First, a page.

The germinal disc continues to develop and now consists of three layers, from which all the organ systems and tissues of the body are created later in countless further division steps.

During the sixth week of pregnancy, the first organs begin to take shape, and the head, trunk and attachments of the limbs can also be seen. This week represents a milestone in the development of the embryo: the heart begins to beat and the embryo develops its own circulatory system. The embryo is now around five millimeters in size.

What happens in the seventh and eighth week of pregnancy (2nd month)?

By the eighth week of pregnancy, the embryo is around 15 millimeters in size. In addition to the heart, other organs such as the kidneys and stomach are created and begin to work. With the mouth, nose and eyes, the sense organs now also begin to develop. The head and upper extremities dominate the body shape of the embryo. First movements of arms and legs can be seen.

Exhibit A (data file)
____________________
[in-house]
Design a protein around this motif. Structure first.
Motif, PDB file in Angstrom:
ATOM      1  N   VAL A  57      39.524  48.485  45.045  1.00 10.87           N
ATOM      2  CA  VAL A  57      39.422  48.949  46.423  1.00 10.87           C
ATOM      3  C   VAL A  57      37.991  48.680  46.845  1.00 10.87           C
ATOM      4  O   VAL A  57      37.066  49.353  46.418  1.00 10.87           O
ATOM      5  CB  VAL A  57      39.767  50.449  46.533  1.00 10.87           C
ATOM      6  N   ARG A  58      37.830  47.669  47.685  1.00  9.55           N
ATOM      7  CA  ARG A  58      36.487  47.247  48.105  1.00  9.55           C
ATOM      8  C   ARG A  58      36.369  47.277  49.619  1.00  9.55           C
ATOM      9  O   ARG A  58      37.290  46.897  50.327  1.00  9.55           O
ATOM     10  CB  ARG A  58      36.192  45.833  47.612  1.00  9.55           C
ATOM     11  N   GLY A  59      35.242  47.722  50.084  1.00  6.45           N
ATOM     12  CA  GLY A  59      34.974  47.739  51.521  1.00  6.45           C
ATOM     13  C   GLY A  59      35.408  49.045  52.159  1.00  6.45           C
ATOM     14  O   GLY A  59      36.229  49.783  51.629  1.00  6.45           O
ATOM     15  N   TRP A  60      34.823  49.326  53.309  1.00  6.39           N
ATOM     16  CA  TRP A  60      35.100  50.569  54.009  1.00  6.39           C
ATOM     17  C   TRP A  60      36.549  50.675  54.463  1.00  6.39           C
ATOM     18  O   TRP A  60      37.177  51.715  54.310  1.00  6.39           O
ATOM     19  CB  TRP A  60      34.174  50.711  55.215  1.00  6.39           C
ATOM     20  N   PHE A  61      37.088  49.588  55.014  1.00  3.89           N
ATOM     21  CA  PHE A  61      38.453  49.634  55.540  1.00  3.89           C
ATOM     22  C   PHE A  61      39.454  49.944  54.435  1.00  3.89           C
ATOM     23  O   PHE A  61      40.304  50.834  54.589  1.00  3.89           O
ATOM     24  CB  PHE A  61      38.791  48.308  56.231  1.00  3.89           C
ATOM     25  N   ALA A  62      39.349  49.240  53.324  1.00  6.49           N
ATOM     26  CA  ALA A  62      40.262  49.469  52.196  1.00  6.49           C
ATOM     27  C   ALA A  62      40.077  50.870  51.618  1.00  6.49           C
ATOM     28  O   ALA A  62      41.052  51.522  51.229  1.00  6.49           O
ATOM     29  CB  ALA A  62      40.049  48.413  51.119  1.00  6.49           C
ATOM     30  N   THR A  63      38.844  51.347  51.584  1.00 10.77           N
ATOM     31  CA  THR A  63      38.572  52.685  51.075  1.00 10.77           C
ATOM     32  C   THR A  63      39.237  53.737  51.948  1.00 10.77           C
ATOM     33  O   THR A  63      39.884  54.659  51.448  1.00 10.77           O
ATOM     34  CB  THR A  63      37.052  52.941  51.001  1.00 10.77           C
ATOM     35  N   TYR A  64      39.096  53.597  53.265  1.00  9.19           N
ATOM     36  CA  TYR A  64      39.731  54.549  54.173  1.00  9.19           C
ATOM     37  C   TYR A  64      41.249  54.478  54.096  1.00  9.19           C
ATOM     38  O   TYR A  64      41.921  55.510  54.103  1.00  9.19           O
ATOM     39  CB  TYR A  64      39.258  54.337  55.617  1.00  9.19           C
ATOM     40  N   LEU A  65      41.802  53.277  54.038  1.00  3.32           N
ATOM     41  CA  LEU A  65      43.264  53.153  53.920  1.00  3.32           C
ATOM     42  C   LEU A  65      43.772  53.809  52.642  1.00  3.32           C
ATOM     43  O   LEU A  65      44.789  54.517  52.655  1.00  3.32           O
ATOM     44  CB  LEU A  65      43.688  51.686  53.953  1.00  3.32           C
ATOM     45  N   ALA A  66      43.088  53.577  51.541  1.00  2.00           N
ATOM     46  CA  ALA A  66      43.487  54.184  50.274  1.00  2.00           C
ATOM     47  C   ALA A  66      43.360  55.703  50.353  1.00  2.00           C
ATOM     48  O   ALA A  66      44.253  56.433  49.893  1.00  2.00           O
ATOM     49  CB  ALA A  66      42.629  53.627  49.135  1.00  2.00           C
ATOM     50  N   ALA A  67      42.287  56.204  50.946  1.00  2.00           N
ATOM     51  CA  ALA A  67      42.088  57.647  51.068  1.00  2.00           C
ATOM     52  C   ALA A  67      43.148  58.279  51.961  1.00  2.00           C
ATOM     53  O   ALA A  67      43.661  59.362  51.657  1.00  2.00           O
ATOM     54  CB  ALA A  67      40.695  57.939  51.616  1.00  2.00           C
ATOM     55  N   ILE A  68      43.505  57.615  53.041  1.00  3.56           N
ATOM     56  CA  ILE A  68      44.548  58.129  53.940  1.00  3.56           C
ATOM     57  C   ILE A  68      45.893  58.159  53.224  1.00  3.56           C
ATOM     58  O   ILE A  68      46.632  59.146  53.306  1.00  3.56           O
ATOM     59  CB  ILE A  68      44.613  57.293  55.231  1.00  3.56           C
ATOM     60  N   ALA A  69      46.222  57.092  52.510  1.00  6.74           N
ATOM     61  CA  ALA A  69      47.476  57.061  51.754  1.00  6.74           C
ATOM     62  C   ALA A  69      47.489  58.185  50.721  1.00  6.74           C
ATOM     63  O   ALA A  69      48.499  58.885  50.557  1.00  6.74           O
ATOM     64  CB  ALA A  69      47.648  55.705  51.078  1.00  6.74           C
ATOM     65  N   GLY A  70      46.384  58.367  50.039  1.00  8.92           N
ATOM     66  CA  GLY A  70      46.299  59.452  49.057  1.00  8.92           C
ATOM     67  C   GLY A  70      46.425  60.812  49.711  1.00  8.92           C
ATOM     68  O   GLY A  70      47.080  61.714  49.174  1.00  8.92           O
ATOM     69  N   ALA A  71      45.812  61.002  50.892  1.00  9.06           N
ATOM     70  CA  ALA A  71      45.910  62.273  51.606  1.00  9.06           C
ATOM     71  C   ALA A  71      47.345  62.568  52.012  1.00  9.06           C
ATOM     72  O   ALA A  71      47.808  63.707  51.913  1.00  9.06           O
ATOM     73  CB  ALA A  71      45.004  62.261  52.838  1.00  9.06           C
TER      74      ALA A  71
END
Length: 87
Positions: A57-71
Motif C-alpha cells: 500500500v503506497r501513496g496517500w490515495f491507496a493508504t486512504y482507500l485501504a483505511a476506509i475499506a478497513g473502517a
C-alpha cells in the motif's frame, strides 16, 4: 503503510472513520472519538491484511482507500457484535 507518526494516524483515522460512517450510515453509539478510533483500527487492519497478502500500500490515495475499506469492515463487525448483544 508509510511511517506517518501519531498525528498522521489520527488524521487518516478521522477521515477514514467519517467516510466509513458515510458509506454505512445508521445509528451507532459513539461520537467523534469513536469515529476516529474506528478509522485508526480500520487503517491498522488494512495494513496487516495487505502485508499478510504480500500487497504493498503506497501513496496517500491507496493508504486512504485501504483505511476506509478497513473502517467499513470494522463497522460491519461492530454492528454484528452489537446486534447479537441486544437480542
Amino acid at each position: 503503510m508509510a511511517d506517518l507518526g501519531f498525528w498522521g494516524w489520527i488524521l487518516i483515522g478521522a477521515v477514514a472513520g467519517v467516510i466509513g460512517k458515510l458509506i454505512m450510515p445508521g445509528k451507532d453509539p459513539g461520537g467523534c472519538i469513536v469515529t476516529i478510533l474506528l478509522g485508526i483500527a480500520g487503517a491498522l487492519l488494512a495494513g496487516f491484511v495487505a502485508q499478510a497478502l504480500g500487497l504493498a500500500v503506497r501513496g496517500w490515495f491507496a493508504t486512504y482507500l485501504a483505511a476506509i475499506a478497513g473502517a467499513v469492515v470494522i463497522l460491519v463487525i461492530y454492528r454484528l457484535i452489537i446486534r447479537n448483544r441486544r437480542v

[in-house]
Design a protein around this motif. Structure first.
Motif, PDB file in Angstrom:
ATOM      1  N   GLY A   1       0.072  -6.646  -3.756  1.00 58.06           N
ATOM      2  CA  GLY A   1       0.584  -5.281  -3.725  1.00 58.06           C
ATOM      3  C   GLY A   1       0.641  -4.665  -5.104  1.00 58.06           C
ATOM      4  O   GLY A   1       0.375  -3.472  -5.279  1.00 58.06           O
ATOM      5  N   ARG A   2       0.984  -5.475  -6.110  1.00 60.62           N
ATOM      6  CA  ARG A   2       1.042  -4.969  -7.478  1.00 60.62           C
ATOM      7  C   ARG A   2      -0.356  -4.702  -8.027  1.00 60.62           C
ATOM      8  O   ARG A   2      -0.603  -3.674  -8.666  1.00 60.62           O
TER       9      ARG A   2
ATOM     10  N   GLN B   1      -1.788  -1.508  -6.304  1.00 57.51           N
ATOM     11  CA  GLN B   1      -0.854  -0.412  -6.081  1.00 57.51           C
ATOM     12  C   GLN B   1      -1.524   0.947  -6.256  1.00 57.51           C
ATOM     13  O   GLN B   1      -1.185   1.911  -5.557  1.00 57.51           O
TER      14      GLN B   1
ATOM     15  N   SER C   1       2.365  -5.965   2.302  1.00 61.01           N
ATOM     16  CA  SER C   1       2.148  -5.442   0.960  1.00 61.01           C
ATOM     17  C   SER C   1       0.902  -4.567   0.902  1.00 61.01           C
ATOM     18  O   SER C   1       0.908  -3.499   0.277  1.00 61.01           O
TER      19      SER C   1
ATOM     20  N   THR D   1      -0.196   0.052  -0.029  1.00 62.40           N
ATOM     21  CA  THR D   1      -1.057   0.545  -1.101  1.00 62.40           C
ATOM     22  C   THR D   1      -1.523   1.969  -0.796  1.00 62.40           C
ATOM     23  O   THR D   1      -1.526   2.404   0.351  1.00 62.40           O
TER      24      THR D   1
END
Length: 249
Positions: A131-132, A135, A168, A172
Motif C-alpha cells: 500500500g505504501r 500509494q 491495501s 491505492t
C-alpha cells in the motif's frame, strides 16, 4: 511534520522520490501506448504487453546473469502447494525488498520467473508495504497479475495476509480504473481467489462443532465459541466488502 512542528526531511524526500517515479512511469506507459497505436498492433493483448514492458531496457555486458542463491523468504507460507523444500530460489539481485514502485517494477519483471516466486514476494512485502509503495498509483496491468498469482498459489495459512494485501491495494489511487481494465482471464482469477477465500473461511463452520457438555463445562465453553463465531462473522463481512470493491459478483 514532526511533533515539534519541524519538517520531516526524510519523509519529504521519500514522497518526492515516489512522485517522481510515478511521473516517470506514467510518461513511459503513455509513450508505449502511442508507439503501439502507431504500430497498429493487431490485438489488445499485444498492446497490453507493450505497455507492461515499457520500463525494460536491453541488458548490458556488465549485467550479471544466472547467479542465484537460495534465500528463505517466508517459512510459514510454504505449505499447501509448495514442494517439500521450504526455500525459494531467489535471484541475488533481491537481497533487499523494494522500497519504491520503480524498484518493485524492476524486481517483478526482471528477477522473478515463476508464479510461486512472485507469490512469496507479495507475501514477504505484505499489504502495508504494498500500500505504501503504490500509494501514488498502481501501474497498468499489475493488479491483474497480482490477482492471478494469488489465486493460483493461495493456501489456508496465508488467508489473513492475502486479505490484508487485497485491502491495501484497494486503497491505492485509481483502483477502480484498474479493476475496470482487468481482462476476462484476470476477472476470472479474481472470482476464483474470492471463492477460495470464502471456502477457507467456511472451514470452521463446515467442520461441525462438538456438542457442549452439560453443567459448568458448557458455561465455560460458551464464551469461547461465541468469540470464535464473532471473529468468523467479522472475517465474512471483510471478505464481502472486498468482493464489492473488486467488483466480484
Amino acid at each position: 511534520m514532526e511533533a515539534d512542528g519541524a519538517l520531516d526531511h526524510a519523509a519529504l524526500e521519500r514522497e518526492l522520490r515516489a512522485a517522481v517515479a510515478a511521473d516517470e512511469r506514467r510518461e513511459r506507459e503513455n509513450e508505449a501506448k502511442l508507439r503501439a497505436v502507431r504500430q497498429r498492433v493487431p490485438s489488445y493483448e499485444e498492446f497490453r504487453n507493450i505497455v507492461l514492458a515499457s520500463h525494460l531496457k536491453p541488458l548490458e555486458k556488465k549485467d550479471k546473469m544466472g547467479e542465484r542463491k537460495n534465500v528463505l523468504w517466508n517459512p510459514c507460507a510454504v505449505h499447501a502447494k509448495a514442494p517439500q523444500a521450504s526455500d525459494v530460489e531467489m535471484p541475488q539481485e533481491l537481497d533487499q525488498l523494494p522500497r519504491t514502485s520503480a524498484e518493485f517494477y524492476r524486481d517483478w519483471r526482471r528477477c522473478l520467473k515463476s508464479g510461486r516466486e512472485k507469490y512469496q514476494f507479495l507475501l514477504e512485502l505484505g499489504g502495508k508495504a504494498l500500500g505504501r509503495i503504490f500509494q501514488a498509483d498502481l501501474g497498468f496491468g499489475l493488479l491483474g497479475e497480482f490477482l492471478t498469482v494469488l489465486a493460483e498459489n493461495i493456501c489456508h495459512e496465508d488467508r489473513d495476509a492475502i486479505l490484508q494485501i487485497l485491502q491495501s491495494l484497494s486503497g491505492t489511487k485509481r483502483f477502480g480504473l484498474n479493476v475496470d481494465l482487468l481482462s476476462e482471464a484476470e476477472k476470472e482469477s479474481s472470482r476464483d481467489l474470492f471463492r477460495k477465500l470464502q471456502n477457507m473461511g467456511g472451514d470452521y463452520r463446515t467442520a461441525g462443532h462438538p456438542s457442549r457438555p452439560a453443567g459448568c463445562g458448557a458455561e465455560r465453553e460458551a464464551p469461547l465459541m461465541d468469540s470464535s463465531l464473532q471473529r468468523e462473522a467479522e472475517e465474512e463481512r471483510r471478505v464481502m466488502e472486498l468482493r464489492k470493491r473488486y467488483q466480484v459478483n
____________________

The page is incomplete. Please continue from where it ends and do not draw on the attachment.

In early pregnancy, the embryo is supplied with nutrients via the yolk sac. The placenta continues to develop and the umbilical cord can now also be recognized. By the end of pregnancy, it will be 50 cm long and an inch or two thick.

What happens in the ninth and tenth week of pregnancy (3rd month)?

Nerve cells and muscles are so well developed that the embryo can move around in an unspecified manner. However, the mother cannot yet feel these movements. The embryo's body measures around 25 millimeters from head to rump and weighs around 15 grams.

The fingers are now clearly visible on the hands. The elbows, feet and toes have also started to develop. Facial features such as ears, nose, mouth and eyes take on more and more shape. The eyes of the embryo are still permanently open at this point, the eyelids only develop completely later. The head is getting rounder.